From small businesses to transport empire

Climate Model

The four climate models from which to choose are temperate (e.g., Central Europe), subarctic (e.g., French-Swiss Jura or the Pyrenees), subtropical (e.g., South America), and Toyland, the brainchild of the developers.

Each landscape type has its peculiarities. Water reservoirs and treatment plants only exist in the subtropics. Toyland has candy and air bubbles and lemonade factories, as well as caramel quarries and battery plantations (Figure 1). If you do not like the maps you generated, you can resort to one of the prefabricated scenarios and relief maps or design your own world with the integrated editor.

Figure 1: Adventures in Toyland.

Transport Routes

To begin your transportation empire, you create several elements: transport routes, stops and logistics hubs, vehicle depots, and vehicles with corresponding routes.

Transport is handled by road, rail, water, or air, using buses, trucks, trains, ships, or airplanes. The basis for this process is provided by the transport routes you create. OpenTTD gives you the tools you will need to extend your domain – including roads, railways, canals and locks, and tunnels and bridges – to suit various budgets and travelling speeds.

Along and on the transport routes you can build stops or logistics centers. The best place to create them is directly in the cities (for passengers, mail, and goods) or in the immediate vicinity of sources of raw materials or industrial facilities (freight stations). Depending on the location, a logistics hub accepts and offers only those goods that are mined, needed, or manufactured locally.

Transport routes are multipurpose and enable the development of complete, complex supply chains. For example, you can transport people and mail within a city or between several settlements, but iron ore only from an ore mine to the steel plant if you want to make a profit. The steel produced then travels to the factory, which in turn produces goods that you take to a larger city and sell.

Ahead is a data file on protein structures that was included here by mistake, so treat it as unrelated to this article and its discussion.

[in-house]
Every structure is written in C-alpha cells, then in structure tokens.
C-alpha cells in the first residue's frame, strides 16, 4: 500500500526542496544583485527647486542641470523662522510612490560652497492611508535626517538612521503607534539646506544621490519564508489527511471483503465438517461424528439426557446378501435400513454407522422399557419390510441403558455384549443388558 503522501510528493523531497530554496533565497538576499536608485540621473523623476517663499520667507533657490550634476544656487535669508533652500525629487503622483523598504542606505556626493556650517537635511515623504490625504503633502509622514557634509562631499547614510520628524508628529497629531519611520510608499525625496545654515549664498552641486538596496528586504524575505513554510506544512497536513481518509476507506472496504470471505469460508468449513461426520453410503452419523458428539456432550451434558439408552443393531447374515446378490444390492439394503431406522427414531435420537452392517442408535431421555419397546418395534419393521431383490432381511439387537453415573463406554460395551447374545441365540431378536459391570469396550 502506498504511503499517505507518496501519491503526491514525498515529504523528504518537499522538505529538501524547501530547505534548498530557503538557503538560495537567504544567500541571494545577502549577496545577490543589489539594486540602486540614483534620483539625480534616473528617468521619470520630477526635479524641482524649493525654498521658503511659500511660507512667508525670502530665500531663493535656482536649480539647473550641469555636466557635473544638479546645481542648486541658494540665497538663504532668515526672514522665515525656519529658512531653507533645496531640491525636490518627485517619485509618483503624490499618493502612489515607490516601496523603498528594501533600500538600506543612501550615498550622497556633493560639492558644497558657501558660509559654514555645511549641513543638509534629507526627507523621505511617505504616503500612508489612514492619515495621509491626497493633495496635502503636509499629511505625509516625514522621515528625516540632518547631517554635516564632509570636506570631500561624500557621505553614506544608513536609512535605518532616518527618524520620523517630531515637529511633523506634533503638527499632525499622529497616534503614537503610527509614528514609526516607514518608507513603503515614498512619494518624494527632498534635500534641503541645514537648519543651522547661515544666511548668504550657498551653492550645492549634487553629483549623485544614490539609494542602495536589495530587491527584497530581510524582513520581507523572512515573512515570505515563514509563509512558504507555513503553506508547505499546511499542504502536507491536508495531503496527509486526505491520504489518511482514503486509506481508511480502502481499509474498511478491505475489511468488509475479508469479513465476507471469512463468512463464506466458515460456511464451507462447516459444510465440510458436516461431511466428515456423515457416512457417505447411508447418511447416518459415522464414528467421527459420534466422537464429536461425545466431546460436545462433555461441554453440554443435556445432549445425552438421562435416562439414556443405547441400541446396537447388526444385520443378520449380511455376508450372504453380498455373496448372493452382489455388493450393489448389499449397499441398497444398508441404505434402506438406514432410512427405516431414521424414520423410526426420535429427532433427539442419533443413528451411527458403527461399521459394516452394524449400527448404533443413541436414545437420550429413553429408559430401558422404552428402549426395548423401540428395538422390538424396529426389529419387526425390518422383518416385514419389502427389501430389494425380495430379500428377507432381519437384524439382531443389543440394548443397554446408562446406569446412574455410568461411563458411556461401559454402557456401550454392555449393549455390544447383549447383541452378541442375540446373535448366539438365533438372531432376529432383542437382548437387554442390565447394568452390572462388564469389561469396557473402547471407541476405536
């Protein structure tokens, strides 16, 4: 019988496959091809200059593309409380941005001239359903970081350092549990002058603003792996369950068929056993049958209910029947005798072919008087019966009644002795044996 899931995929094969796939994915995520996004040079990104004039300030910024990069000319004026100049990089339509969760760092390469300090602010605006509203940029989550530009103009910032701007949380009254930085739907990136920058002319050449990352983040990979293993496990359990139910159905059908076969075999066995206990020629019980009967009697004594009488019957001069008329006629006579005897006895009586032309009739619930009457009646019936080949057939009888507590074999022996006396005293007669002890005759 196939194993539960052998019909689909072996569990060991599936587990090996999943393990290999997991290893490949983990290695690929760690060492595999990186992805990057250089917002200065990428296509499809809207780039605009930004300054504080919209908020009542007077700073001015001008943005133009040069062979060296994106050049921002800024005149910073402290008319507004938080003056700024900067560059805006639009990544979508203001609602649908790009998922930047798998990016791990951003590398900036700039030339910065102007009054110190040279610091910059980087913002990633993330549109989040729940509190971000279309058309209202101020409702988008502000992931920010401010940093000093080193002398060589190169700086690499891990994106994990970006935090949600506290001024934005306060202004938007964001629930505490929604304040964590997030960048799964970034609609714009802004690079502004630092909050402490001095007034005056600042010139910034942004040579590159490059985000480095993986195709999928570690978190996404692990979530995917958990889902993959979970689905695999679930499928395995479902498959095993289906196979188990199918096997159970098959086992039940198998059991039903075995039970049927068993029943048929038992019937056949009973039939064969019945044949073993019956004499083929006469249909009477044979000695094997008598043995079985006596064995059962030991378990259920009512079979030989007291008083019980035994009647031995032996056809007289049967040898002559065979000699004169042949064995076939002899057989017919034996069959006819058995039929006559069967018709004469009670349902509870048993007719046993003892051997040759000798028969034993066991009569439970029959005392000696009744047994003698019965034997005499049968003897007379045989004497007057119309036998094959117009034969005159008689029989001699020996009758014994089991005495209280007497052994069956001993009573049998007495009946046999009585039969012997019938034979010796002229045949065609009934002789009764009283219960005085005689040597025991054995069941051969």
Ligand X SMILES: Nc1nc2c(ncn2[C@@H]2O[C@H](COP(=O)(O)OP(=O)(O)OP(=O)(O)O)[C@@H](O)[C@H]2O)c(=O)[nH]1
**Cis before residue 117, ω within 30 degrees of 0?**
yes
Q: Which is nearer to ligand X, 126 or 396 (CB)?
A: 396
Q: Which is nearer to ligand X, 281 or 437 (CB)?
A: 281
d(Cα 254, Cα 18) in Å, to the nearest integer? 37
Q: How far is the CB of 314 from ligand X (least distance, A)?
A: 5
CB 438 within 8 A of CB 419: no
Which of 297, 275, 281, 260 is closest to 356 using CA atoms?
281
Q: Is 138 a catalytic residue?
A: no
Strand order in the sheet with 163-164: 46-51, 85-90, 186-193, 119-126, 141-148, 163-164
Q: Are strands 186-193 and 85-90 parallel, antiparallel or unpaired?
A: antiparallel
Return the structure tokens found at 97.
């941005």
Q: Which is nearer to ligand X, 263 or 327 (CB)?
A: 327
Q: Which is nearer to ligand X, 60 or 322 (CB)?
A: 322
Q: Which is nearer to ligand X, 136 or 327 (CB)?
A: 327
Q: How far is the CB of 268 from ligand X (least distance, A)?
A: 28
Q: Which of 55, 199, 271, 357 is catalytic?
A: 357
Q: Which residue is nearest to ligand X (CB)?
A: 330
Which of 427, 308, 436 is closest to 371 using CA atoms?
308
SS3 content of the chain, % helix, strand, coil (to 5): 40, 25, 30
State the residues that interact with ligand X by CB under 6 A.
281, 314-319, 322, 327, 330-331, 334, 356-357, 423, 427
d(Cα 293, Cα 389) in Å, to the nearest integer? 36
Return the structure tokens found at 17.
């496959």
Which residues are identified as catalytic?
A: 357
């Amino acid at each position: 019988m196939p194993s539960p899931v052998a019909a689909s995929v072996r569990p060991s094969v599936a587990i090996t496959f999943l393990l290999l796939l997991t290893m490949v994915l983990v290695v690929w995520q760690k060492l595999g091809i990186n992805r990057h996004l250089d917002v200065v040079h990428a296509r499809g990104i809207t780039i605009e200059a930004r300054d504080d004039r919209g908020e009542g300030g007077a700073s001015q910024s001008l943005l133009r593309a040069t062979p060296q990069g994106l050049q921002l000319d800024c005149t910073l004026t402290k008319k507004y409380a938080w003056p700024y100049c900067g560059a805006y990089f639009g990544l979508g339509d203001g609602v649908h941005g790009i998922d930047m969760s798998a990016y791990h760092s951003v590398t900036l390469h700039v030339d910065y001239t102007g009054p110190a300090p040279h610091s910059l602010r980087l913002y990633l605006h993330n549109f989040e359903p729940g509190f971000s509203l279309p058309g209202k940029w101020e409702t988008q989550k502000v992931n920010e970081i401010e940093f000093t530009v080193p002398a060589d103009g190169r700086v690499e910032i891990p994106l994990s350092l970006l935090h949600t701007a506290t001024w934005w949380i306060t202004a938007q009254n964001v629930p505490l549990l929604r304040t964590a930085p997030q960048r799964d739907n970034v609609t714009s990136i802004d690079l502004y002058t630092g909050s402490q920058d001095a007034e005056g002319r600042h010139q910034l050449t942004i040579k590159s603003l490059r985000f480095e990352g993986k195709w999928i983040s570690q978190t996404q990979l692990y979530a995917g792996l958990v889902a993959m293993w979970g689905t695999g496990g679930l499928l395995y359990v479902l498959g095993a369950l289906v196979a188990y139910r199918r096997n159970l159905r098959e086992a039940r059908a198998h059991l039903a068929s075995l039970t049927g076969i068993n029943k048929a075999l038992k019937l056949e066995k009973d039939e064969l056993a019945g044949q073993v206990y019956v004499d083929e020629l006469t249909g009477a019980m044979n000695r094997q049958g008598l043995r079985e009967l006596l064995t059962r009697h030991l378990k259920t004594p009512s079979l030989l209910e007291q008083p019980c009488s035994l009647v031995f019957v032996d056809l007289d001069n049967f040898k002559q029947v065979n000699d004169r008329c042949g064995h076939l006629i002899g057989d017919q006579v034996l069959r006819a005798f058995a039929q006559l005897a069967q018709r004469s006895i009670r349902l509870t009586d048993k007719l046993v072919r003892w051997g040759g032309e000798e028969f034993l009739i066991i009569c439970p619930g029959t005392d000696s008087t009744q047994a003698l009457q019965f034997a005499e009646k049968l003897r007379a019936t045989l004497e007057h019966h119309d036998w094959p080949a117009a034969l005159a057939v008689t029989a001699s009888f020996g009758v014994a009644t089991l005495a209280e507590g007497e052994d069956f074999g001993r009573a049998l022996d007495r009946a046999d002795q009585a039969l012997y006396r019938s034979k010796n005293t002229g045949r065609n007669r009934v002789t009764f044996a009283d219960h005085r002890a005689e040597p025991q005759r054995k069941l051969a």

The financial return on a route depends on the transport medium and its properties, the distance traveled, the cost of the transportation itself, the duration of transport, the type of cargo, and the quantity transported. The higher the value of the goods and the less time the transport takes, the more income you notch up in your company's books. Costs, but no profits, are incurred on empty runs.


For your transport media, you need to create vehicle depots (buses and trucks), yards (ships), and hangars (aircraft). These buildings are used as workshops and repair shops for your fleets. A transport vehicle is not tied to a particular depot but travels at regular intervals to the nearest depot for maintenance (the interval is customizable in the vehicle configuration). When a vehicle reaches end of life, you have to replace it; otherwise, repair costs and downtime are excessive. OpenTTD notifies you in good time and also quite insistently of the required change (Figure 2).

Figure 2: An insistent note that the vehicle needs to be replaced.

For each of your vehicles, you can set up waypoints on a corresponding route. The vehicles then start from a depot and commute between the destinations to fulfill the delivery needs of the cargo.

From time to time, you will see advertising by the vehicle manufacturer flashed up on your screen. It informs you of new vehicles available shortly and offers to let you try out the vehicle at special rates (Figure 3). You will want to accept this offer to remain competitive.

Figure 3: A new model is ready for you to test drive.

Depending on the time period, different modes of transportation are available with accompanying increases in capacity. In the first half of the 20th century, for example, only steam engines are available; various diesel and electric locomotives become available from 1950. By about 2000, a monorail and maglev are added (Figure 4). The same applies to other means of transport.

Figure 4: A desert city with a maglev railway.

Before you purchase a new vehicle, you will receive additional information about it, such as speed and the degree of reliability. The corresponding thumbnail shows the current location on the playing field, the route, and the utilization rate.

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